Trees: For Farm Health
Trees on farms have benefits of improving productivity and land health, as well as capturing and storing carbon. Trees store carbon in their wood and litter where it remains until the trees rot or are destroyed (e.g. by fire).
All wood products, including timber and paper, are about 50 per cent carbon. When carefully integrated into farms, trees can increase farm productivity through soil and water conservation and as shelter to animals.
This extends growing seasons, increases animal health, improves crops, can help minimise spray drift and can improve aesthetic value on farms. Under well planned farm forestry systems, trees have the potential to provide additional income.
- Through Landcare, many farmers have revegetated degraded sections of their farms or waterways - up to 20 per cent of their farms - and still produce more food or fibre. What a win-win for farming!
- Identify on your farm plan areas that might be suited for shelterbelts, woodlots or wildlife areas, or for managing problem areas such as erosion control - most farms have some parcels of land that are less productive and make sensible locations for plantings.
- Establish new tree plantations and ensure species selection and site preparation are geared towards optimal survival and growth ? find out from your local Landcare network suitable tree species and establishment techniques for your site.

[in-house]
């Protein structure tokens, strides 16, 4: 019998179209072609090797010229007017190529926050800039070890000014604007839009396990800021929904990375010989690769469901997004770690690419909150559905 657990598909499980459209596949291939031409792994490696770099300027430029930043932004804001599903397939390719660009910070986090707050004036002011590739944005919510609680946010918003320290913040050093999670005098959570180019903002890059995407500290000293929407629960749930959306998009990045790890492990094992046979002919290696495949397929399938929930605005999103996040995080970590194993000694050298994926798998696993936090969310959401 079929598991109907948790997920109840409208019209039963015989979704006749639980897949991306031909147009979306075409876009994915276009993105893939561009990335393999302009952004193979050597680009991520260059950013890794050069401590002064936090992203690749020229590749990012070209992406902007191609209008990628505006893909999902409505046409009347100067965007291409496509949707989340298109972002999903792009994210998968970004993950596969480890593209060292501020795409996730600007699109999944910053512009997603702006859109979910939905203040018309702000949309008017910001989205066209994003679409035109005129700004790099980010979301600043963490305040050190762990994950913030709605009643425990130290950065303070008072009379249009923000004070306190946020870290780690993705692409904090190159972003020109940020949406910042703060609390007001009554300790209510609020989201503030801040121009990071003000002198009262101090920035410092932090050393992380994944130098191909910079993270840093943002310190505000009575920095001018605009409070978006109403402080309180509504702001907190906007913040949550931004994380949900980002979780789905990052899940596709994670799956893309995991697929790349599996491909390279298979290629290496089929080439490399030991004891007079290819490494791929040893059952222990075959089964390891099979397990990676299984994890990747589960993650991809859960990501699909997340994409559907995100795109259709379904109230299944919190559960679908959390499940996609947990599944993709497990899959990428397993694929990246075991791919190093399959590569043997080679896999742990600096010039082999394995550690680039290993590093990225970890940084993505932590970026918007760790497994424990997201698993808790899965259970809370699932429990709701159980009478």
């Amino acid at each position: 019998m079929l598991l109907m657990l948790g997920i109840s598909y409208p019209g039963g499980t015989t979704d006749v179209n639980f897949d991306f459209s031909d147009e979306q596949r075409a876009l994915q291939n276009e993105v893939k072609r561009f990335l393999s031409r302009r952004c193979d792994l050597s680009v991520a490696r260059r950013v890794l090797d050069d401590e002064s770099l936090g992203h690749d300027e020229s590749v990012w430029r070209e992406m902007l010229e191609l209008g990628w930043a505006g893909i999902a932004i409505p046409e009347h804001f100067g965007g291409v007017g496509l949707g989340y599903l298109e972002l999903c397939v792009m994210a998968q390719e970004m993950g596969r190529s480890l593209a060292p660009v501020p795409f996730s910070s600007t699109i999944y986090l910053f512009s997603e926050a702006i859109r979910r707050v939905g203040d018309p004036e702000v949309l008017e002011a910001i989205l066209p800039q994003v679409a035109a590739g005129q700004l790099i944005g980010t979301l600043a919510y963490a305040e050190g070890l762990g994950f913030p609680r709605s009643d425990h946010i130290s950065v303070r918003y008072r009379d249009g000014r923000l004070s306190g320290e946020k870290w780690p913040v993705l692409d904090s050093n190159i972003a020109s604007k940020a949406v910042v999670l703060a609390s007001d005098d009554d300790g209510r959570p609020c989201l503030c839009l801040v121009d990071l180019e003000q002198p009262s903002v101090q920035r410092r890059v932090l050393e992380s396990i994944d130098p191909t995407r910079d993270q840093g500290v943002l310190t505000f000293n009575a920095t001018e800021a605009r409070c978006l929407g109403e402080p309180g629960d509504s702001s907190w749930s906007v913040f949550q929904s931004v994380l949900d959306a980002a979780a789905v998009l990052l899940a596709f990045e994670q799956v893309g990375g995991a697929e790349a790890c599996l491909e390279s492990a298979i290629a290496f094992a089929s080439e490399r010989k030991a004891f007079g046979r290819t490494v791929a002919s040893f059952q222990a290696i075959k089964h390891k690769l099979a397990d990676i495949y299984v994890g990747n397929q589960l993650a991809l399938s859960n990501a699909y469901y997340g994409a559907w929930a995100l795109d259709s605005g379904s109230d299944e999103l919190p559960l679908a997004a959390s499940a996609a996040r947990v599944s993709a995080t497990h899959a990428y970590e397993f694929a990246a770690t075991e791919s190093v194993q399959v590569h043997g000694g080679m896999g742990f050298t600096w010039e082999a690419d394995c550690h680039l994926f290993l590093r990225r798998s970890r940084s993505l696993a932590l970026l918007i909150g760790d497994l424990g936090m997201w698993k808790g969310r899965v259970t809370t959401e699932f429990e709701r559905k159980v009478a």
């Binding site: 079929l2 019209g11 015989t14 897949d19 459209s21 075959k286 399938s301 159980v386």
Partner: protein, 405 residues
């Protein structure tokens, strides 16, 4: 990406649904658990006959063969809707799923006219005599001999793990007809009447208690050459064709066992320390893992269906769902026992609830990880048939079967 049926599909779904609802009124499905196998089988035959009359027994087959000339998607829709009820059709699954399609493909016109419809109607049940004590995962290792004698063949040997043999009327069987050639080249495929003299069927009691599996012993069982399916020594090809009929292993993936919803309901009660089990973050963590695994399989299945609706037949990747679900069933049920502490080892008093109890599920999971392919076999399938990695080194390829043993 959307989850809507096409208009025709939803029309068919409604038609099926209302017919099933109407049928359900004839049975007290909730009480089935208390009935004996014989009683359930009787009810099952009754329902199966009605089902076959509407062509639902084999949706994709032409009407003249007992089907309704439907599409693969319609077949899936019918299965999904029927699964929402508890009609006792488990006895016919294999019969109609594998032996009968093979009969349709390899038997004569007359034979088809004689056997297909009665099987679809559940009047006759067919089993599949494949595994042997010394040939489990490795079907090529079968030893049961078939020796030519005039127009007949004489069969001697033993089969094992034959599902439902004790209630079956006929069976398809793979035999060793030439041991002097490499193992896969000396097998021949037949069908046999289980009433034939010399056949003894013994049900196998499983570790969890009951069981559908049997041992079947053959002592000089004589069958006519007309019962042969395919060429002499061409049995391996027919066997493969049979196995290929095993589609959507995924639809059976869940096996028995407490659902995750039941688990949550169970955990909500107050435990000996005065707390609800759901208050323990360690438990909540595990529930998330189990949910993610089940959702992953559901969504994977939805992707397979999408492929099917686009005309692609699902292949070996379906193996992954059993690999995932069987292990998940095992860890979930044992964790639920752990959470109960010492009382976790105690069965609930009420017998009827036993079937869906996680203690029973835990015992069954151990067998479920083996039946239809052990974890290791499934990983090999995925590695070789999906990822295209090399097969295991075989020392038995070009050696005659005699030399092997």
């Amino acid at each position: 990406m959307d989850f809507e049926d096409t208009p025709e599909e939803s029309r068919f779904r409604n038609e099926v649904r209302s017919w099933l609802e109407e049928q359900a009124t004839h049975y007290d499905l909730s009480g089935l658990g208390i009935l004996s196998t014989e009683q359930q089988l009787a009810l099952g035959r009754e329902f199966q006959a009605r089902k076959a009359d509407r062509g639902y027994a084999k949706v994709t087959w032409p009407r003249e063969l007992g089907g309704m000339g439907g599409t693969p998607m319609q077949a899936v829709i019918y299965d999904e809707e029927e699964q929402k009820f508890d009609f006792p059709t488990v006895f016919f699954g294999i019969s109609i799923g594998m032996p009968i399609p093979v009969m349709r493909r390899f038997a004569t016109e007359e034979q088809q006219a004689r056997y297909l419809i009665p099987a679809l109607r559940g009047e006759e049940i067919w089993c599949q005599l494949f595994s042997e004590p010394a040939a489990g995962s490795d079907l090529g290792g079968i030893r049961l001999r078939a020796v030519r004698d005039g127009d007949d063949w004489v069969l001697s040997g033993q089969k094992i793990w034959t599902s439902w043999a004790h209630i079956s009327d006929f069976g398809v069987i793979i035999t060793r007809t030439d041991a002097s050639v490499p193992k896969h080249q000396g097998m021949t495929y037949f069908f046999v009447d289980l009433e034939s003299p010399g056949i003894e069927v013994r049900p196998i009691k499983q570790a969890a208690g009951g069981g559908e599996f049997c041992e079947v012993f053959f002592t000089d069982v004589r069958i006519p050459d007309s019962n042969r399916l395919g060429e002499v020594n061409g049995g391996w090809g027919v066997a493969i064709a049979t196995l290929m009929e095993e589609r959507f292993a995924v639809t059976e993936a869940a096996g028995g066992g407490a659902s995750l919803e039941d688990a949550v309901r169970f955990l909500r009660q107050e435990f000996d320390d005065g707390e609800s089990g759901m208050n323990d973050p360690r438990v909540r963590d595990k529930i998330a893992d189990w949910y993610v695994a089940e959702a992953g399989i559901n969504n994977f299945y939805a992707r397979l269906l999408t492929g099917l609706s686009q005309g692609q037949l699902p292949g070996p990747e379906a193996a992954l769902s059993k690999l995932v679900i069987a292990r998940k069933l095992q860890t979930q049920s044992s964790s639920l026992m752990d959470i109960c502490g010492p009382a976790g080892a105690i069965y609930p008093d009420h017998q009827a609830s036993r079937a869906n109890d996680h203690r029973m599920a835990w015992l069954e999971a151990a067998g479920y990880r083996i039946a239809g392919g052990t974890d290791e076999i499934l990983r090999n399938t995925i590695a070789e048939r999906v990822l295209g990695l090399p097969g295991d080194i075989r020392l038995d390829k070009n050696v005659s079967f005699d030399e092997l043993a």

- Consider growing some woodlots with tree species that can be used on-farm (e.g. for fodder, fence posts, poles or firewood), ensuring not to use species classified as weeds (see our A-Z of Weeds and/or Weeds Australia website).
- Ask your local Landcare network if there are any local grant programs, suitable nurseries or site preparation and revegetation contractors who can help you.
- Encourage regeneration of native trees and shrubs, for example by fencing out established native vegetation, according to a well thought out farm plan.
- Protect existing native trees and shrubs from loss or damage by fire, land clearing or animals.
- Use an appropriate carbon calculator to estimate how much carbon is being stored in your farm woodlot.
- Consider your options for creating and trading carbon credits on the carbon market, noting that:
- the rate of carbon sequestration of farm woodlots is directly related to the type of trees, their age and how fast they grow.
- farm woodlots used to create and sell carbon are often subject to ongoing conditions and contracts, which should be thoroughly investigated before proceeding.
- different types of carbon markets exist, so you should familiarise yourself with how these work and what is involved, including what types of plantings are eligible to be counted as carbon sequestration.